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Category Archives: Ira Gershwin

Language in Porgy and Bess: The Challenge of Representing Gullah

Following Heather L. Hodges’s fantastic guest post about the Gullah Geechee culture that the Gershwins and Heywards portray in Porgy and Bess, we turn to one of the opera’s most contended aspects: its treatment of the Gullah language. In this post, our managing editor, Andrew S. Kohler, explores how the work’s text came to be so far removed from Gullah, and how future performances may approach the inconsistent libretto so as to give Gullah culture and language the respect they are due. The language of Porgy and Bess is a far cry from that of the Gullah community of Charleston […]

Introducing a New Series: The Past and Future of Porgy and Bess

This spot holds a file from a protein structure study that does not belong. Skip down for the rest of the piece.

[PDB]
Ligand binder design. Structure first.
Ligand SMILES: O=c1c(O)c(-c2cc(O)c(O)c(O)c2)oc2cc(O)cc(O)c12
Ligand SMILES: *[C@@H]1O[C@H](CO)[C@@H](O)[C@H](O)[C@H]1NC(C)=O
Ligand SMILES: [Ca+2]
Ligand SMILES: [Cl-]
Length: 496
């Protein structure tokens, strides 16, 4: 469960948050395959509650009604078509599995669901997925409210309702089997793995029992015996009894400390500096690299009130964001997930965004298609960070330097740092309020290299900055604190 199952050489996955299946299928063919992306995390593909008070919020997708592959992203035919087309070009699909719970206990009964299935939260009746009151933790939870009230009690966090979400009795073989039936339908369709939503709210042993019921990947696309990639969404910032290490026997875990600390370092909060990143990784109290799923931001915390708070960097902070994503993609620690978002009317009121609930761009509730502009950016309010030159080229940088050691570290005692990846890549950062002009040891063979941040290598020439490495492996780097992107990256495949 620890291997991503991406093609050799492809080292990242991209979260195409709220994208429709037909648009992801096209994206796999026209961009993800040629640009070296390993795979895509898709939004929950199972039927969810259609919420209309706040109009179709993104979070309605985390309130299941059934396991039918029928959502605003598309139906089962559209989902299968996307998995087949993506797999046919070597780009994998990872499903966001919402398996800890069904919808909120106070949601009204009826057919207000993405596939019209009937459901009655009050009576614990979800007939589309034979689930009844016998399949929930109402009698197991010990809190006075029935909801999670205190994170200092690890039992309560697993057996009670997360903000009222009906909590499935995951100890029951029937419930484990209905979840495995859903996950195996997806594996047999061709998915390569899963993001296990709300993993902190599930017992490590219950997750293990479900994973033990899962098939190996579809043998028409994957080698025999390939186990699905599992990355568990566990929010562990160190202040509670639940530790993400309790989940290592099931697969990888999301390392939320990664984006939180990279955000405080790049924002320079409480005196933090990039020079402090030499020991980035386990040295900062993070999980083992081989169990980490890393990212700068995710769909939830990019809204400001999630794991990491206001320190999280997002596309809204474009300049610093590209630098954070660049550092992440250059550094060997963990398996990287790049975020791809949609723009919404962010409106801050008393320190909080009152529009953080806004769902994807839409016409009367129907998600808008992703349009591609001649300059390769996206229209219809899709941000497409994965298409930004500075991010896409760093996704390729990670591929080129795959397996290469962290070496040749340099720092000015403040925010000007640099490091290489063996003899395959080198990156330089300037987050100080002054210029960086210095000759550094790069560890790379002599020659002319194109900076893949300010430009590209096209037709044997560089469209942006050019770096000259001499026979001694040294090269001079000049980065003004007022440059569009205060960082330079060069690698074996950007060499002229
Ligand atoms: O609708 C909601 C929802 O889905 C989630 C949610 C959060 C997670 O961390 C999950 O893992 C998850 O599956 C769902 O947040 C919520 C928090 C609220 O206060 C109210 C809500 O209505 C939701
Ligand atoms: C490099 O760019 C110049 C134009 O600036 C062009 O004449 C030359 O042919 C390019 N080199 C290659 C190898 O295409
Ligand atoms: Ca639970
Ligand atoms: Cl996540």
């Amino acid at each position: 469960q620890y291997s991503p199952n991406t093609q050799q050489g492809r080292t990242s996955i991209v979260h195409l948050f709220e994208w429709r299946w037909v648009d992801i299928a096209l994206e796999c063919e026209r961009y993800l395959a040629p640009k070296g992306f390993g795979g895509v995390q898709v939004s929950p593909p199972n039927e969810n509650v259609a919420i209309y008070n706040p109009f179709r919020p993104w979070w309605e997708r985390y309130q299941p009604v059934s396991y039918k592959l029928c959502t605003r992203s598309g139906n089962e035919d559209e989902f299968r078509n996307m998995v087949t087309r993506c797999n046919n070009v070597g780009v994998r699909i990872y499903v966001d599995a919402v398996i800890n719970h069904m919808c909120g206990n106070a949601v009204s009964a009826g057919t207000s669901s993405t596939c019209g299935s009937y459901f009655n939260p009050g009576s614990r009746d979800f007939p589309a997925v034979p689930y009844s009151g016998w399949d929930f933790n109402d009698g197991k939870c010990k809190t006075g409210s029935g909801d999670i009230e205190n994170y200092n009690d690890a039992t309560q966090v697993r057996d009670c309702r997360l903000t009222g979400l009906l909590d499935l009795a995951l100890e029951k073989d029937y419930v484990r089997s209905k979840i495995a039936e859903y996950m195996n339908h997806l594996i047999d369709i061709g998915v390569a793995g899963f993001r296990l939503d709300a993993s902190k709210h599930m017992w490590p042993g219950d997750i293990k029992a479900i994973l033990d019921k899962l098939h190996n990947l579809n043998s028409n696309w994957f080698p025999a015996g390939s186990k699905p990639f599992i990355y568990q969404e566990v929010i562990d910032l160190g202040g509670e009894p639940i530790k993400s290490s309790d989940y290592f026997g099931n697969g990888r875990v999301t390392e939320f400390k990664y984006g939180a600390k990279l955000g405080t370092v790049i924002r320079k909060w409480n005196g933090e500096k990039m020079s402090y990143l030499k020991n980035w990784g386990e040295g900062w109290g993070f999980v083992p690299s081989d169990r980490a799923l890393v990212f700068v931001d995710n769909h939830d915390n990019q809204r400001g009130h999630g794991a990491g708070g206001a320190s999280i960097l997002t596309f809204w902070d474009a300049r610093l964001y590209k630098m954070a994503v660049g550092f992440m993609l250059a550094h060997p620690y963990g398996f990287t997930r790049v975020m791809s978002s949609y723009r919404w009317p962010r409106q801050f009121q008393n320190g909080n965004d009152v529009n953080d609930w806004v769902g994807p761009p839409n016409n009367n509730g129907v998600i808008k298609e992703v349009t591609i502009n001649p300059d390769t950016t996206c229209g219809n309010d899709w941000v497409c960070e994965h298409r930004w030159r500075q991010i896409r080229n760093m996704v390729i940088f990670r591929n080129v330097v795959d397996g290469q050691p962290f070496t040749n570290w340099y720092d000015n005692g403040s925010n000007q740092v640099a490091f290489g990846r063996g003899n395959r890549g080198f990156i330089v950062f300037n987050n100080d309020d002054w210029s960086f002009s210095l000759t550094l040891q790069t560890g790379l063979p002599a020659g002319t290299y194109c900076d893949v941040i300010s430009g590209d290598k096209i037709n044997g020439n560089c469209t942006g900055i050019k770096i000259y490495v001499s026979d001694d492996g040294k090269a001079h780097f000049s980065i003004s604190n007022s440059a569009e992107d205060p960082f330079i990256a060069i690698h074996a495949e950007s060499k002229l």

Despite being among the most prominent operas of the twentieth century, and perhaps the Gershwin brothers’ most monumental achievement, Porgy and Bess occupies an uneasy place in US musical history. In this series, Managing Editor Andrew S. Kohler, Ph.D. and blog team leader Kai West explore the opera’s complex and at times problematic representations of race, gender, disability, and class, connecting Porgy and Bess to today’s conversations about social justice. The Gershwins’ Porgy and Bess (1935), a collaboration with DuBose and Dorothy Heyward, contains many of the Gershwins’ most beloved numbers: “My Man’s Gone Now,” “I Got Plenty o’ Nuttin’,” […]

“And His Lovely Wife, Ira”

By Sarah Sisk Ira Gershwin, Pulitzer-prize-winning lyricist and supplier of words to some of the most iconic songs in American musical history, may often be referred to as “the other Gershwin”, overshadowed by the popularity of his younger brother George. But while Ira may not always get the attention he deserves, the disparity in the Gershwin brothers’ respective notorieties has led to a sixty-year-running Gershwin joke—and of course poor Ira is the butt of it. The story goes that in the 1950s, a radio disk jockey, when playing a piece written by the Gershwin brothers, attributed the song to “George […]

Rhapsody in. . . who?